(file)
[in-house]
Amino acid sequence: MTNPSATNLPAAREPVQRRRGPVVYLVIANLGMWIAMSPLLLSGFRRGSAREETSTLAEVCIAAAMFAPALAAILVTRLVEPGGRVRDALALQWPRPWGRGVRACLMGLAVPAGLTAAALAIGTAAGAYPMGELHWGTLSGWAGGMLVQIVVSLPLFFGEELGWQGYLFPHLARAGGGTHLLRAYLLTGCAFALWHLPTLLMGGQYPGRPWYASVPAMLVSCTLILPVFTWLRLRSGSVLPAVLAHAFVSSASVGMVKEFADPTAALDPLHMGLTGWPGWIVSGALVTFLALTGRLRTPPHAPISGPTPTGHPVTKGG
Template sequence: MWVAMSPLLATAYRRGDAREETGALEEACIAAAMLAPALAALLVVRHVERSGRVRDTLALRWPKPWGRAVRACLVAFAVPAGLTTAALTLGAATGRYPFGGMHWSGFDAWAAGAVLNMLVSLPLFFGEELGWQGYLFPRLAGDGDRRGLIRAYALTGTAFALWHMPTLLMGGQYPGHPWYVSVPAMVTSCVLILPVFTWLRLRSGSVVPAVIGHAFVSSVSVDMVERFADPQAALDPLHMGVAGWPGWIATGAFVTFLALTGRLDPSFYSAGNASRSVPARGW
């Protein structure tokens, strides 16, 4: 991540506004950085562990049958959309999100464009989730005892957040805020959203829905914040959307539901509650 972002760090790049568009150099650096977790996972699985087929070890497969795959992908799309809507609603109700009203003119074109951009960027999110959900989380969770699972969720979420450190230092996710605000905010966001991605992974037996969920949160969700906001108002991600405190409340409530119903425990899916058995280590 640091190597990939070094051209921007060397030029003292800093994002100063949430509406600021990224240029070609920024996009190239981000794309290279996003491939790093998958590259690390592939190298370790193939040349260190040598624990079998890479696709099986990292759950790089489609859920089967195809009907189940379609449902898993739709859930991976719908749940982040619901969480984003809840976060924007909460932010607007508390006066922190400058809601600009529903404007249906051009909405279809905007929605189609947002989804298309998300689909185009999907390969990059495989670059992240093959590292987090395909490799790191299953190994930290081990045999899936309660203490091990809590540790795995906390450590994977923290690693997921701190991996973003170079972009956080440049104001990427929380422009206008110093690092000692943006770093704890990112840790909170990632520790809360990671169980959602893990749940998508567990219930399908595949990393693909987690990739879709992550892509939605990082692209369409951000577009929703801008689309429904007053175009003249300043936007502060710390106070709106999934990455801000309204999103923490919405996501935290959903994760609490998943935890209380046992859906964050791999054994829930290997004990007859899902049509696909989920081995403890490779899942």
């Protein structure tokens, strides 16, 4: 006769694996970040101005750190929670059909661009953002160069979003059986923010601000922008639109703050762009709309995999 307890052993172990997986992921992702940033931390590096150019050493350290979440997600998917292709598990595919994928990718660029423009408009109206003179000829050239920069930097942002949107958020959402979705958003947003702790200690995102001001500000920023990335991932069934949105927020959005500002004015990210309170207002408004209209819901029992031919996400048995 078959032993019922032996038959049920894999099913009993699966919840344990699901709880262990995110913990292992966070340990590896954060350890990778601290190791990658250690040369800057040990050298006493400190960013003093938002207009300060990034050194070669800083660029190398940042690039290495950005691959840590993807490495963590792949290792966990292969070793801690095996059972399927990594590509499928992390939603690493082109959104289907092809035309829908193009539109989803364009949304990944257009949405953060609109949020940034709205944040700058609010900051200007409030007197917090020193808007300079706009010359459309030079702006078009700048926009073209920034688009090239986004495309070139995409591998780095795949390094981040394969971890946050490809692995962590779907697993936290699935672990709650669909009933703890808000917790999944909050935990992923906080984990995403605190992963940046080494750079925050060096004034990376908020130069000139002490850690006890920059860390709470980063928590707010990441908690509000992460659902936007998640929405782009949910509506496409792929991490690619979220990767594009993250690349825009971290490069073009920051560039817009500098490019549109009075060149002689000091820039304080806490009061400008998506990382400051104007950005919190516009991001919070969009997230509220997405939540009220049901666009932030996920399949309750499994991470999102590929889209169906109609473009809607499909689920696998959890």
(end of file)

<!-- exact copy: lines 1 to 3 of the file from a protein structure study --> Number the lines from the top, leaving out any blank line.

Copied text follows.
[in-house]
Amino acid sequence: MTNPSATNLPAAREPVQRRRGPVVYLVIANLGMWIAMSPLLLSGFRRGSAREETSTLAEVCIAAAMFAPALAAILVTRLVEPGGRVRDALALQWPRPWGRGVRACLMGLAVPAGLTAAALAIGTAAGAYPMGELHWGTLSGWAGGMLVQIVVSLPLFFGEELGWQGYLFPHLARAGGGTHLLRAYLLTGCAFALWHLPTLLMGGQYPGRPWYASVPAMLVSCTLILPVFTWLRLRSGSVLPAVLAHAFVSSASVGMVKEFADPTAALDPLHMGLTGWPGWIVSGALVTFLALTGRLRTPPHAPISGPTPTGHPVTKGG
Template sequence: MWVAMSPLLATAYRRGDAREETGALEEACIAAAMLAPALAALLVVRHVERSGRVRDTLALRWPKPWGRAVRACLVAFAVPAGLTTAALTLGAATGRYPFGGMHWSGFDAWAAGAVLNMLVSLPLFFGEELGWQGYLFPRLAGDGDRRGLIRAYALTGTAFALWHMPTLLMGGQYPGHPWYVSVPAMVTSCVLILPVFTWLRLRSGSVVPAVIGHAFVSSVSVDMVERFADPQAALDPLHMGVAGWPGWIATGAFVTFLALTGRLDPSFYSAGNASRSVPARGW